Tuesday, May 25, 2010

Now... What Was Your Excuse Again...?


We can always find an excuse to not have a garden!

I'll admit that many of the reasons are much better than others, but here is a story of a Texan serving in Iraq that didn't make excuses...he made a garden!



Gardening in Iraq: Officer's effort lifts spirits

Forty-two miles north of Baghdad, a small contingent of U.S. gardeners has gained some homegrown ground. Their vegetable plot at Joint Base Balad, Iraq, has had its ups and downs. The giant lima and snap beans have been a hit. The 'Clemson Spineless' okra was mostly a no-show.

Gardening there brings a good dose of failures as well as successes, reports Lt. Col. Donal Dunbar, the top gardener and director of operations at the Air Force Theater Hospital on the base. Dunbar, who's due to return home to San Antonio next month, is serving his second, six-month Iraq tour. His 14-member gardening club began planting in February.

Balad lies near the Tigris River and is more suitable for agriculture than other parts of Iraq. Irrigation water from the river helps. But with no rain and high heat during the growing season, the gardeners contend with great odds: Triple-digit temperatures. Soil that clings to shoes like peanut butter when it rains at planting time or is wind-whipped into brown dust as seedlings attempt to grow. Zero humidity. High winds.



When the lack of humidity and wind dealt the okra a one-two blow, Dunbar knew variety selection was key. 'Clemson Spineless,' which does well in the humid Southern United States, didn't fare as well in Iraq as a type grown from local seed.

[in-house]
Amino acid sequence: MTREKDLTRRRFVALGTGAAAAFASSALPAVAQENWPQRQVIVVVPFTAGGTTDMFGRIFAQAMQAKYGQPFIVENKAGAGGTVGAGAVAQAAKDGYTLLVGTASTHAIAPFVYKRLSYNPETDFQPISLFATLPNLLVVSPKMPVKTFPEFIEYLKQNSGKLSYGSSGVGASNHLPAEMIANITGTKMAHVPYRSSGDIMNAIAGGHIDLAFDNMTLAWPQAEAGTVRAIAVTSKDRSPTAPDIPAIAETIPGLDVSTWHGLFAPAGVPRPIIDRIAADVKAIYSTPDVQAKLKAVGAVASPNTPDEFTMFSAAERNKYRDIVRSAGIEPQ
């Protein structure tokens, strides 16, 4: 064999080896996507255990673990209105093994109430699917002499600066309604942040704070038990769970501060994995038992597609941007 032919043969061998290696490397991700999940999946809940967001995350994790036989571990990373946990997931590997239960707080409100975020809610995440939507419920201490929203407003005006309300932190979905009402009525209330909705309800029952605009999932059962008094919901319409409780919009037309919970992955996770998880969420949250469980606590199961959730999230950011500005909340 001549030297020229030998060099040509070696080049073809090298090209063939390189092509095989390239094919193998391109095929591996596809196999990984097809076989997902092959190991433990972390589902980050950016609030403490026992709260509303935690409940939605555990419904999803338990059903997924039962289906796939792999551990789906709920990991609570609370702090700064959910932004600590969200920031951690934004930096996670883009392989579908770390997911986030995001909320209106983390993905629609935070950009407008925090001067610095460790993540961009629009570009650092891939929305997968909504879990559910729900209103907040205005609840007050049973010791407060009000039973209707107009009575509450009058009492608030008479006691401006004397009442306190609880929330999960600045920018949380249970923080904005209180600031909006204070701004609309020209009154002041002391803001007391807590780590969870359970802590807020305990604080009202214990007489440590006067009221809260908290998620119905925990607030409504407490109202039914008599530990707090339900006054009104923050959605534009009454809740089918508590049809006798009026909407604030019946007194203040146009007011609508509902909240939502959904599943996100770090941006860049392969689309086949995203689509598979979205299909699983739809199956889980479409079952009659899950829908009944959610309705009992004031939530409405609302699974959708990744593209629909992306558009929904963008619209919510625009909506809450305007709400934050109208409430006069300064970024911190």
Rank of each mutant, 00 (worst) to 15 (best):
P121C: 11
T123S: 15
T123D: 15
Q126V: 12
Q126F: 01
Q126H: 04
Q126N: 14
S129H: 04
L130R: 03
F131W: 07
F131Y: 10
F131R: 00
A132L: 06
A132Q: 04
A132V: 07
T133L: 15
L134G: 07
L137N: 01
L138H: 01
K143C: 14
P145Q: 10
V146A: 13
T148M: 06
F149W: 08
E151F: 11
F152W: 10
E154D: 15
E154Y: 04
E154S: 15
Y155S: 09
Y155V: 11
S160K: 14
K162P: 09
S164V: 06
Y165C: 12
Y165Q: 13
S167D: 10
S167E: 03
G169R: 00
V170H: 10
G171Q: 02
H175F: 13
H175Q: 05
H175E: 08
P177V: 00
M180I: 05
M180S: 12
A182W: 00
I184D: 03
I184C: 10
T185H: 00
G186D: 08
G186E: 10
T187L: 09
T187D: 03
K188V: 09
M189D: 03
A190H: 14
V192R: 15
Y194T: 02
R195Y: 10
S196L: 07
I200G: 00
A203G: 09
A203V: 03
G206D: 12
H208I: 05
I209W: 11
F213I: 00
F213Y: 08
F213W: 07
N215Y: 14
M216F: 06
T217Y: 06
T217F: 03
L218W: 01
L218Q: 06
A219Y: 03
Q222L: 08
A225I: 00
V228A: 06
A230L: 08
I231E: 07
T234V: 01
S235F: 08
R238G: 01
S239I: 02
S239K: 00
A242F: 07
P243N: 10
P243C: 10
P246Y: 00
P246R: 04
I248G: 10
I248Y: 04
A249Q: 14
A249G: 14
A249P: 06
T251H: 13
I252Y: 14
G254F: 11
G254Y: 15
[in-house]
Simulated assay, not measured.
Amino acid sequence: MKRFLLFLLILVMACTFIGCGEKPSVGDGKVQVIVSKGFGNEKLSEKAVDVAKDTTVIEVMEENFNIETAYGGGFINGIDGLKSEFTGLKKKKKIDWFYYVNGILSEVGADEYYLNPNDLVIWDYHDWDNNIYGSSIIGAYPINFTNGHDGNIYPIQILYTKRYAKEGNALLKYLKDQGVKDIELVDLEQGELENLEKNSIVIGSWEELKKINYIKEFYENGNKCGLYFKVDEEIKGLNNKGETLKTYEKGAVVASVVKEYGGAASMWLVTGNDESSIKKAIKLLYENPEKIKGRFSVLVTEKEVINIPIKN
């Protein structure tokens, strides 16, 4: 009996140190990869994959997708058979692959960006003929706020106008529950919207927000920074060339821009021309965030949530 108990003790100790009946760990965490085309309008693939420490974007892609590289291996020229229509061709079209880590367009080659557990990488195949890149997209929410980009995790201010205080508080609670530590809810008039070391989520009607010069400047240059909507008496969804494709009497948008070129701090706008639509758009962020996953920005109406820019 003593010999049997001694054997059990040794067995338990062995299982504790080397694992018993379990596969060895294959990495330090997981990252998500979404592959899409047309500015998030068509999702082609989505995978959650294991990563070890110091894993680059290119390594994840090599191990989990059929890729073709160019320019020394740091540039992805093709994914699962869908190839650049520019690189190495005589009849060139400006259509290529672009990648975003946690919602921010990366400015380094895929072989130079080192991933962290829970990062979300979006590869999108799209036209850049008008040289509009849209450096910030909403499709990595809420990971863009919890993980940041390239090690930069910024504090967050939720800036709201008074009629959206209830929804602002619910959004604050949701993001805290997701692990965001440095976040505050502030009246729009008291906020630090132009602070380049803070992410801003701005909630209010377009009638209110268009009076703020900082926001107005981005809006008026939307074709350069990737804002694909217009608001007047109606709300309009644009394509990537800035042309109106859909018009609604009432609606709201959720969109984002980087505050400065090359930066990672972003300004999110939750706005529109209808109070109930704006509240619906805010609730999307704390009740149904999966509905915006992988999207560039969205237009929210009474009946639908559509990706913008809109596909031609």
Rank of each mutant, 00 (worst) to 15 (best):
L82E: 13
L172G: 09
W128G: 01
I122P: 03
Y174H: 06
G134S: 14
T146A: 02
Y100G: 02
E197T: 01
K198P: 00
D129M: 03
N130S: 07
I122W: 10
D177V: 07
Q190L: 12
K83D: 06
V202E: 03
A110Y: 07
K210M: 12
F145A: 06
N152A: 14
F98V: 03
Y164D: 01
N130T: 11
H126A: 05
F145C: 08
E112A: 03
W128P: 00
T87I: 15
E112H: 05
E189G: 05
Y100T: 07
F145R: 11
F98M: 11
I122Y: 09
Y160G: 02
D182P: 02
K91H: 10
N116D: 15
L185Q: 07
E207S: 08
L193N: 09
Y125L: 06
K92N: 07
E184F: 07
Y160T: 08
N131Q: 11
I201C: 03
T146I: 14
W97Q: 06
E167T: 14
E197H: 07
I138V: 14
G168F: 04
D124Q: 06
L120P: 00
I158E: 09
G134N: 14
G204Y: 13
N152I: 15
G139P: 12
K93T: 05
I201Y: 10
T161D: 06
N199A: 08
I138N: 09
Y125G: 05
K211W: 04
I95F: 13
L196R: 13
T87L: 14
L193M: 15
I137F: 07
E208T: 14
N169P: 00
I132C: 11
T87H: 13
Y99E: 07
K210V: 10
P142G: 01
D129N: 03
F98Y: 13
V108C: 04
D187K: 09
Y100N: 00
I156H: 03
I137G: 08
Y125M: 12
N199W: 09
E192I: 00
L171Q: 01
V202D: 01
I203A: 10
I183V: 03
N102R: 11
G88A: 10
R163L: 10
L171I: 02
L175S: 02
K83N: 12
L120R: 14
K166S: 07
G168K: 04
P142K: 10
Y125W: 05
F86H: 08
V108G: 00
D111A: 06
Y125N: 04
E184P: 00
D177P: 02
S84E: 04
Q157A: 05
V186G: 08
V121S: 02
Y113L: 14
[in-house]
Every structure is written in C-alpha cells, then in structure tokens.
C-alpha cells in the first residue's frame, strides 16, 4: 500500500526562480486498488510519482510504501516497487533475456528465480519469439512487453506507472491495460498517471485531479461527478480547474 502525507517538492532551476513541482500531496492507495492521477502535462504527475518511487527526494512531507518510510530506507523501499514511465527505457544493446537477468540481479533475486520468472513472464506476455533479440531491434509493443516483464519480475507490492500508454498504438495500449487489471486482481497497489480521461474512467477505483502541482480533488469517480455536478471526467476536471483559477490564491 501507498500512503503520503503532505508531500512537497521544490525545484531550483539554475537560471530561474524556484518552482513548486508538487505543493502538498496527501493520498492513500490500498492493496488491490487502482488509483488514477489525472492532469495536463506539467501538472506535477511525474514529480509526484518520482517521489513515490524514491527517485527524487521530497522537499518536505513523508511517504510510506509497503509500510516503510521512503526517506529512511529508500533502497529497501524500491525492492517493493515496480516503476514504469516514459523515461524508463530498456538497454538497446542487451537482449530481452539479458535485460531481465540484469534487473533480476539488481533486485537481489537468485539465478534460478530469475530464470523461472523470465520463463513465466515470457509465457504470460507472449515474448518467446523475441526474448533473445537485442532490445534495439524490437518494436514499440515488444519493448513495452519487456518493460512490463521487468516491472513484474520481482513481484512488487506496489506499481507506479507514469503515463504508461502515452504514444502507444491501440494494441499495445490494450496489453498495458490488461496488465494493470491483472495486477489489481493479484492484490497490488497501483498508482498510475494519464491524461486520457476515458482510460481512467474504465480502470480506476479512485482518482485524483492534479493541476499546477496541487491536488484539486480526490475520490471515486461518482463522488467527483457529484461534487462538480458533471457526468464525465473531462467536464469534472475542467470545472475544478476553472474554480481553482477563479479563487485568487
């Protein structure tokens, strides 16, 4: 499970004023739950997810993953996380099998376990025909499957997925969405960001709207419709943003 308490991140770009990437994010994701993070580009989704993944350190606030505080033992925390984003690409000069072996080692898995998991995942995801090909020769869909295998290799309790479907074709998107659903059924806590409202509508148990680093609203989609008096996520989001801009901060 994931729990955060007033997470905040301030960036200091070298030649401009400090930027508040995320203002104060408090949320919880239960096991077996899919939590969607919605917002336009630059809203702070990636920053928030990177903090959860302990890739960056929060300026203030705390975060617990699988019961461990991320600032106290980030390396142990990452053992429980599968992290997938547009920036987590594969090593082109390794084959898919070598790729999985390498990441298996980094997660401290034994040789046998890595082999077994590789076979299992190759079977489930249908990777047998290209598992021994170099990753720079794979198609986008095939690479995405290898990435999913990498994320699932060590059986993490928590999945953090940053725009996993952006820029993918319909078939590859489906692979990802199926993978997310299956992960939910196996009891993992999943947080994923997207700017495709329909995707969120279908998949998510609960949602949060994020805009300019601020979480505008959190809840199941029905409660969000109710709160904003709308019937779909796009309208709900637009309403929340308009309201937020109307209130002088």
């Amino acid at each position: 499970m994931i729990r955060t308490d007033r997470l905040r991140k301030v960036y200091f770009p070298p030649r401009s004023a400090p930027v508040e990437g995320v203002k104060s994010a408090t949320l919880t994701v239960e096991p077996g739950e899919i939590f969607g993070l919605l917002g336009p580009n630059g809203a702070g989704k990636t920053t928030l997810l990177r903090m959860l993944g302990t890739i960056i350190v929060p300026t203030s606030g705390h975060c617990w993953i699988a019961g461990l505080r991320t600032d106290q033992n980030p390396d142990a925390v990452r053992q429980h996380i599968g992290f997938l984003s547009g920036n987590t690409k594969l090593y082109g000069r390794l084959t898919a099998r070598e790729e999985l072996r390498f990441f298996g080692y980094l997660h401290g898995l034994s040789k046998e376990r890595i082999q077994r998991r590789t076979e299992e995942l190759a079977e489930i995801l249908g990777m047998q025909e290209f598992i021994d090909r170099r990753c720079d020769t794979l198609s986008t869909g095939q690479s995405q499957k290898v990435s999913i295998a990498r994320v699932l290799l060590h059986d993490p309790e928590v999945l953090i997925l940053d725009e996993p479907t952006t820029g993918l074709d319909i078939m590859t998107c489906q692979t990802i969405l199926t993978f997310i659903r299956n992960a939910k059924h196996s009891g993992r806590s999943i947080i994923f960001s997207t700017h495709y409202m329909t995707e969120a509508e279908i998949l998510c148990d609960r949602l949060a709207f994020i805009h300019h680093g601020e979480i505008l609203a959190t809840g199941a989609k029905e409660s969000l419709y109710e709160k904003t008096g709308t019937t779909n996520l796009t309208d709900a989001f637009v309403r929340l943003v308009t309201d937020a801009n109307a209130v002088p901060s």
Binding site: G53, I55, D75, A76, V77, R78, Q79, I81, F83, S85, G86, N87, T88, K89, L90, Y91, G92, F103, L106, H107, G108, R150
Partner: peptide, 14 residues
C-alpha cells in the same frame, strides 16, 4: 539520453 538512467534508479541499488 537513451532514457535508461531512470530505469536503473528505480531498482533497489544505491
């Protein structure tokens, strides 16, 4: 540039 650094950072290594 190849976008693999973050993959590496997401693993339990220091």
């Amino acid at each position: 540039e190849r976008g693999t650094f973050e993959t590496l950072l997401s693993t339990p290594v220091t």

Dunbar, 46, has gardened since he was 9 years old. The Troy, Ala., native grew a row of onions during his first Iraq tour in 2008. Although he works 12-hour shifts six days a week, his second tour has allowed more gardening time.

The nutritional and psychological values of gardening during wartime are well-documented. Americans planted victory gardens during World War II, when fuel-rationing made food transportation difficult. But gardening can also provide a mental escape and a connection to nature and home.

Growing vegetables has been a morale booster to those living spartan lives in CHUs, or containerized housing units, on the base.

"I knew it would help me, and I guess I was far from alone," Dunbar says. "People heard about it and wanted to jump in and help, so I expanded my original concept. Several people have told me that the work on the weekends (when most have their day off) is like therapy."

One is chief nurse Col. Eleanor Foreman. "Gardening has always been a favorite hobby, but I never thought I'd be enjoying it here, too," she says. "In this demanding environment, even just a short time tending to the garden each day allows me to relax and clear my mind while still remaining productive. Being able to witness this quiet beauty even in a place like this is inspirational."



With few resources and poor soil, these gardeners had to improvise. Digging with shovels and a pick-ax, and using parachute cord and rebar to make straight lines, they created a large plot with three 40-foot rows. The rows are 2- to 3-inch-deep trenches that direct water to thirsty roots and protect young plants from the wind. Raised beds were planted in the hospital courtyard. Carrying water to the plots in gallon buckets, the gardeners are growing summer squash, cantaloupe, peppers, tomatoes and Iraqi eggplants -- all started in small pots on windowsills before being transplanted outdoors.



Weeds, they discovered, can provide wind protection while vegetables establish. Then, it's a good idea to pull them so they won't rob the crops of nutrition.

Two boxes of cigarellos helped battle aphids. Dunbar placed the small cigars in water and let them sit in the sun for a day, brewing a pest-tackling "tea."

Summer squash were transplanted by Feb. 1, and beans and cucumbers were in the ground by mid-February. In March, some plants struggled in the heat and wind, but the red potatoes (shipped from the States) grew vigorously.

The white pumpkin vines were a surprise.